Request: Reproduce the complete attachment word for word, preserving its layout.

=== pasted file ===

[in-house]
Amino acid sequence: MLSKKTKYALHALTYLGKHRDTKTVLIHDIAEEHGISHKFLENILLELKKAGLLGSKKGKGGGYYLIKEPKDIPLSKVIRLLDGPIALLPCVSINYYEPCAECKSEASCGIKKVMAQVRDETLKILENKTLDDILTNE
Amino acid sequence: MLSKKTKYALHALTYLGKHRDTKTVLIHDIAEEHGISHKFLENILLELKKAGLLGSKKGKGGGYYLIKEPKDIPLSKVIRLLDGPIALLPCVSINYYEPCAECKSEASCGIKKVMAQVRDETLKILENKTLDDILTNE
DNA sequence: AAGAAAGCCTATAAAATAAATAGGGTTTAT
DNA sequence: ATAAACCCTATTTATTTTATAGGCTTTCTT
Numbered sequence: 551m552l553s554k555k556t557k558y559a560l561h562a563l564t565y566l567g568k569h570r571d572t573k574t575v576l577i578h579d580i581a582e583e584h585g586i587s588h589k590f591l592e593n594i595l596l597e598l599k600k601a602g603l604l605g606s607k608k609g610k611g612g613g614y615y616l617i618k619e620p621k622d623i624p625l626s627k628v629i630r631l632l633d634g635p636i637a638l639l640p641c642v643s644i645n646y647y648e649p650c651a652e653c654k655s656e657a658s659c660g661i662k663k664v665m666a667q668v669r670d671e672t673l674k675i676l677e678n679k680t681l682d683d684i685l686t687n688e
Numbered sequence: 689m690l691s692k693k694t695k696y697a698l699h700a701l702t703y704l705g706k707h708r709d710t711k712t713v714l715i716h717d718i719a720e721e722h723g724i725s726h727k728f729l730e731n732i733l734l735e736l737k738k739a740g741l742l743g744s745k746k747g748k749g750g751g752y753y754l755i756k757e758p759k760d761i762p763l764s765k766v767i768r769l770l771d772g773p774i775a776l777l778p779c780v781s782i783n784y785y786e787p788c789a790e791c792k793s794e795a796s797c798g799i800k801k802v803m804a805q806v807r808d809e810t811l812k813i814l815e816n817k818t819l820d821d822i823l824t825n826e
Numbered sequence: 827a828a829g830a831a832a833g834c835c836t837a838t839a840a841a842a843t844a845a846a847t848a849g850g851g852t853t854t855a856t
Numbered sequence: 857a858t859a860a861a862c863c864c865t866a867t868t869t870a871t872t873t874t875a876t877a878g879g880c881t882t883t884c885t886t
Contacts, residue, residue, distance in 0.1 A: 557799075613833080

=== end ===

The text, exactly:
[in-house]
Amino acid sequence: MLSKKTKYALHALTYLGKHRDTKTVLIHDIAEEHGISHKFLENILLELKKAGLLGSKKGKGGGYYLIKEPKDIPLSKVIRLLDGPIALLPCVSINYYEPCAECKSEASCGIKKVMAQVRDETLKILENKTLDDILTNE
Amino acid sequence: MLSKKTKYALHALTYLGKHRDTKTVLIHDIAEEHGISHKFLENILLELKKAGLLGSKKGKGGGYYLIKEPKDIPLSKVIRLLDGPIALLPCVSINYYEPCAECKSEASCGIKKVMAQVRDETLKILENKTLDDILTNE
DNA sequence: AAGAAAGCCTATAAAATAAATAGGGTTTAT
DNA sequence: ATAAACCCTATTTATTTTATAGGCTTTCTT
Numbered sequence: 551m552l553s554k555k556t557k558y559a560l561h562a563l564t565y566l567g568k569h570r571d572t573k574t575v576l577i578h579d580i581a582e583e584h585g586i587s588h589k590f591l592e593n594i595l596l597e598l599k600k601a602g603l604l605g606s607k608k609g610k611g612g613g614y615y616l617i618k619e620p621k622d623i624p625l626s627k628v629i630r631l632l633d634g635p636i637a638l639l640p641c642v643s644i645n646y647y648e649p650c651a652e653c654k655s656e657a658s659c660g661i662k663k664v665m666a667q668v669r670d671e672t673l674k675i676l677e678n679k680t681l682d683d684i685l686t687n688e
Numbered sequence: 689m690l691s692k693k694t695k696y697a698l699h700a701l702t703y704l705g706k707h708r709d710t711k712t713v714l715i716h717d718i719a720e721e722h723g724i725s726h727k728f729l730e731n732i733l734l735e736l737k738k739a740g741l742l743g744s745k746k747g748k749g750g751g752y753y754l755i756k757e758p759k760d761i762p763l764s765k766v767i768r769l770l771d772g773p774i775a776l777l778p779c780v781s782i783n784y785y786e787p788c789a790e791c792k793s794e795a796s797c798g799i800k801k802v803m804a805q806v807r808d809e810t811l812k813i814l815e816n817k818t819l820d821d822i823l824t825n826e
Numbered sequence: 827a828a829g830a831a832a833g834c835c836t837a838t839a840a841a842a843t844a845a846a847t848a849g850g851g852t853t854t855a856t
Numbered sequence: 857a858t859a860a861a862c863c864c865t866a867t868t869t870a871t872t873t874t875a876t877a878g879g880c881t882t883t884c885t886t
Contacts, residue, residue, distance in 0.1 A: 557799075613833080